These webinars are an ideal way for students to get a refresher on PsycINFO if they have had a previous training session. Please help us spread the word to interested students and faculty!
APA Style CENTRAL recently added and updated tools to help with your research and writing in APA Style. See our previous blog post for details about spell-check and appendices.
You can now cite references in abstracts, figure captions, table bodies, and table captions, in the same way you cite references in the body of the paper.
Why cite within these parts of the paper?
- If your research is a reply or follow-up to previously published work, you’d usually cite that work in the abstract.
- If your figure summarizes data from another published work, you’ll want to credit that researcher in the figure caption
- If you’re doing a literature review or meta-analysis and want to summarize the results of several previous studies in a table, you’ll want to cite those studies in the table body.
- If your table includes results you found using a concept or a survey developed by another researcher, you’ll want to credit them in your table caption.
To cite within a paper element, you can create a new reference, search for a reference in PsycINFO, or choose from My References.
Once the in-text citation is created, the reference is added to the Paper Reference List and marked as cited.
You can read the full list of platform updates on APA Style CENTRAL’s training and support page.
APA Style Blog: How to Cite Sources in a Table
APA Style CENTRAL Handout: Adding References to Papers
Tutorial: Inserting References
Want to see more features added to APA Style CENTRAL?
Let us know! firstname.lastname@example.org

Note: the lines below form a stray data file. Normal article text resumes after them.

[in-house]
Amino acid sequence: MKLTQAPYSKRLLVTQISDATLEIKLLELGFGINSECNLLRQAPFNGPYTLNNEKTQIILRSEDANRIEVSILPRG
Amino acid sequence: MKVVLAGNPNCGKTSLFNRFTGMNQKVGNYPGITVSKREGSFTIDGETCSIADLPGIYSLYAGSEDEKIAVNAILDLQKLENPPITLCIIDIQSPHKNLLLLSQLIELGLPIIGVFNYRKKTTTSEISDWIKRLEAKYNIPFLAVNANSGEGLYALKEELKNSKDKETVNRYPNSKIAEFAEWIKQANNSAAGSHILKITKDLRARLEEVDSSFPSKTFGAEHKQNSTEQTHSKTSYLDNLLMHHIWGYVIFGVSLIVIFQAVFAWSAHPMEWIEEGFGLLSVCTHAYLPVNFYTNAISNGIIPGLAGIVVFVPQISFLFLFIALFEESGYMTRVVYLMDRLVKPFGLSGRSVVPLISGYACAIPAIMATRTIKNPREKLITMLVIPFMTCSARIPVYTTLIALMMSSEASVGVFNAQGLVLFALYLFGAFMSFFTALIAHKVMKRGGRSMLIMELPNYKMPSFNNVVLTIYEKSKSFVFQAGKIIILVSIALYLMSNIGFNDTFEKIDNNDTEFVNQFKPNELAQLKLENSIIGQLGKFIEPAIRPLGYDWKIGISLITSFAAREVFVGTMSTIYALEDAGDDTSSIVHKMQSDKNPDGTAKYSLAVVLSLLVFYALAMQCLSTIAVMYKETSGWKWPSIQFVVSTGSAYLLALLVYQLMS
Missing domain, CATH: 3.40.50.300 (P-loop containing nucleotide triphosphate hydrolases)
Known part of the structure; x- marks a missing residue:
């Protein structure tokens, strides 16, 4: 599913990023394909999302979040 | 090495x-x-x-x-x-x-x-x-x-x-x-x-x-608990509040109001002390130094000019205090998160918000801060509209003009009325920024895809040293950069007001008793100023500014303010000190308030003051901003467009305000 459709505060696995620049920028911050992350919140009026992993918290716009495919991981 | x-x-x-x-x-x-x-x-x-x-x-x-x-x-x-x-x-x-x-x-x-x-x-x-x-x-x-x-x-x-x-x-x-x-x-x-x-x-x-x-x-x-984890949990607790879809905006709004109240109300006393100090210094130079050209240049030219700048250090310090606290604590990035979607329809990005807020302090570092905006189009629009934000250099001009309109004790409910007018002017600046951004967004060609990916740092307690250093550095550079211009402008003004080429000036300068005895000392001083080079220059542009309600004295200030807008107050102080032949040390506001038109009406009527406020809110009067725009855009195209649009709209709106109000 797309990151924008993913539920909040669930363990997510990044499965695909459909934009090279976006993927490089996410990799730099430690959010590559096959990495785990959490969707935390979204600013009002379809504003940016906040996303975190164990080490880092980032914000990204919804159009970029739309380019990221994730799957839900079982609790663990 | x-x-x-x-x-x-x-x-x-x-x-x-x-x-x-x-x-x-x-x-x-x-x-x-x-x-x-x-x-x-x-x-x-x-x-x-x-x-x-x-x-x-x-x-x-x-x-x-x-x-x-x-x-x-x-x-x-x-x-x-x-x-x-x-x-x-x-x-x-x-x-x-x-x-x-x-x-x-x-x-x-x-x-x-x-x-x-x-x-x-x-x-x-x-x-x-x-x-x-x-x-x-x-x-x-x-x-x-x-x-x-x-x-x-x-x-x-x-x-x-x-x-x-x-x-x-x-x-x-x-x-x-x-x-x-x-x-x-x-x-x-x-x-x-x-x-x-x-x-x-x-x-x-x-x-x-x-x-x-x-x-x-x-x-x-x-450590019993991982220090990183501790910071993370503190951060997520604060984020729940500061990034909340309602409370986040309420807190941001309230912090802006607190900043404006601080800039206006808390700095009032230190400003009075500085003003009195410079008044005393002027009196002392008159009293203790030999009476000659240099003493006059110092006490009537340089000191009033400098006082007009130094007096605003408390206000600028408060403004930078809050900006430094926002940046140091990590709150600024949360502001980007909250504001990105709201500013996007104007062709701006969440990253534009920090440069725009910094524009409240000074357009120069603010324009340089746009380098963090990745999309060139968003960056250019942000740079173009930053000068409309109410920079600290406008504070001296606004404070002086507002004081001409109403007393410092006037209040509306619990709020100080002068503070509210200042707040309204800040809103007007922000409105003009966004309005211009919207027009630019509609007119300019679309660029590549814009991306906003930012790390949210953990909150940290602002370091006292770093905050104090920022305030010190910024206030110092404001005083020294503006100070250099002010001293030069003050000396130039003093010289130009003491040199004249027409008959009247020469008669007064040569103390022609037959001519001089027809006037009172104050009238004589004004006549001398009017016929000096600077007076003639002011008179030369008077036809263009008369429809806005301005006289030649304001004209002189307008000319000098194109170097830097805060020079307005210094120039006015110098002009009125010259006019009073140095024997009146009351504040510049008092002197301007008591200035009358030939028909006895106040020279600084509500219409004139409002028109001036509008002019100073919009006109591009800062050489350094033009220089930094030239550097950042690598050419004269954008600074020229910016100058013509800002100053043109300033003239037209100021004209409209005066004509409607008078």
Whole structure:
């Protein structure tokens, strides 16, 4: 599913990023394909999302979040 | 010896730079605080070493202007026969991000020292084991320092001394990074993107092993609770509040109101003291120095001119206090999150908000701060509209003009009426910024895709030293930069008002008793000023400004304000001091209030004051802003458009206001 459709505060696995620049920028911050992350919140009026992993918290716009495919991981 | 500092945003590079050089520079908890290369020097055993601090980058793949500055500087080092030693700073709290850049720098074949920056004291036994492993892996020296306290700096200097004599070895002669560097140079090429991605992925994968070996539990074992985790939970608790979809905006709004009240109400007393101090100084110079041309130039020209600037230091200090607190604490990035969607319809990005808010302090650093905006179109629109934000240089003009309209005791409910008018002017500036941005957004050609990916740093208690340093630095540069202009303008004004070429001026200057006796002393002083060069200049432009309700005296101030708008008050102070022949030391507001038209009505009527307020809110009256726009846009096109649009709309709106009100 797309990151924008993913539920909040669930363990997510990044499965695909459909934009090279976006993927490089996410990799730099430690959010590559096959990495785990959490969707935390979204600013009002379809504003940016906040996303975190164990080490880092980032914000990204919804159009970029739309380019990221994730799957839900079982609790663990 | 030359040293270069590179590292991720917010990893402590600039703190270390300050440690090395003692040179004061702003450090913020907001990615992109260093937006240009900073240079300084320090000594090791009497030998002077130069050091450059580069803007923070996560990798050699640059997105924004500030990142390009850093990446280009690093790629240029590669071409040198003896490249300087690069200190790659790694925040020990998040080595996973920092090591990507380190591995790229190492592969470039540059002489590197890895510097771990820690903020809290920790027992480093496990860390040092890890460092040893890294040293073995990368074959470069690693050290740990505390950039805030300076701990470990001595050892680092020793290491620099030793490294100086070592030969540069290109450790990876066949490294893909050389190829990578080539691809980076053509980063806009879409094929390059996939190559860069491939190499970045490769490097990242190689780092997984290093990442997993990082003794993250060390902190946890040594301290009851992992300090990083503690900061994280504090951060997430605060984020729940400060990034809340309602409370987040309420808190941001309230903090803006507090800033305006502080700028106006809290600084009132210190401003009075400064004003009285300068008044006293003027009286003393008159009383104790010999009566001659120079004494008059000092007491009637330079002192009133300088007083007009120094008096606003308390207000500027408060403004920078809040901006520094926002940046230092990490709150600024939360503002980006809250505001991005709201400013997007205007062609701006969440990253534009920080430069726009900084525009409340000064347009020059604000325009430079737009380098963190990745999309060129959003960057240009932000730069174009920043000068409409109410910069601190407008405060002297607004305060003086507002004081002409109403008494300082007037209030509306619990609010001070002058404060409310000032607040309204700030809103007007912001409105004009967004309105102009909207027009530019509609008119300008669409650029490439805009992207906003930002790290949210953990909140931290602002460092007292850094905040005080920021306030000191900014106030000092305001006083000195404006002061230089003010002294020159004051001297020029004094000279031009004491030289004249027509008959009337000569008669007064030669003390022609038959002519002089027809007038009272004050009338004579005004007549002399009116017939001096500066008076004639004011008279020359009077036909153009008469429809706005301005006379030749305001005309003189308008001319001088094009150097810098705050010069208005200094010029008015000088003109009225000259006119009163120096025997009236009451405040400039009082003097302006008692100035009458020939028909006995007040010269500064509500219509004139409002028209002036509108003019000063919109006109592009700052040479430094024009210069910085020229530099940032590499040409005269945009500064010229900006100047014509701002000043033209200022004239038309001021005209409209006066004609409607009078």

In January, APA added 3 new APA titles to PsycBOOKS®
In February, APA added 5 new titles to PsycBOOKS®, including a 2-volume handbook.
- Unifying Effective Psychotherapies, ©2018, by J. Scott Fraser. ISBN: 9781433828676
- Modern Parliamentary Procedure, ©2018, by Ray E. Keesey. ISBN: 9781433828652
- Gender Typing of Children’s Toys, ©2018, edited by Erica S. Weisgram and Lisa M. Dinella. ISBN: 9781433828867
- Assessment Using the Rorschach Inkblot Test, ©2018, by James P. Choca and Edward D. Rossini. ISBN: 9781433828812
- APA Handbook of Psychopathology, Volumes 1 & 2, ©2018, edited by James N. Butcher. ISBN: 9781433828348 ; 9781433828355
In March, APA added 4 new titles to PsycBOOKS®
- Concussion, ©2018, by Anthony P. Kontos, and Michael W. Collins. ISBN: 9781433828232
- Forensic Geropsychology, ©2018, by Shane S. Bush, and Andrew L. Heck. ISBN: 9781433828928
- Heroic Humility, ©2018, by Everett L. Worthington Jr., and Scott T. Allison. ISBN: 9781433828140
- Meaning in Life, ©2018, by Clara E. Hill. ISBN: 9781433828874
Bibliographic records are available through your PsycBOOKS vendor. You may also download RDA records directly from APA by following the instructions in the APA PsycNET® Administrator Help Menu.
View the past monthly PsycBOOKS update lists, a list of sample PsycBOOKS titles, and the full coverage list for PsycBOOKS.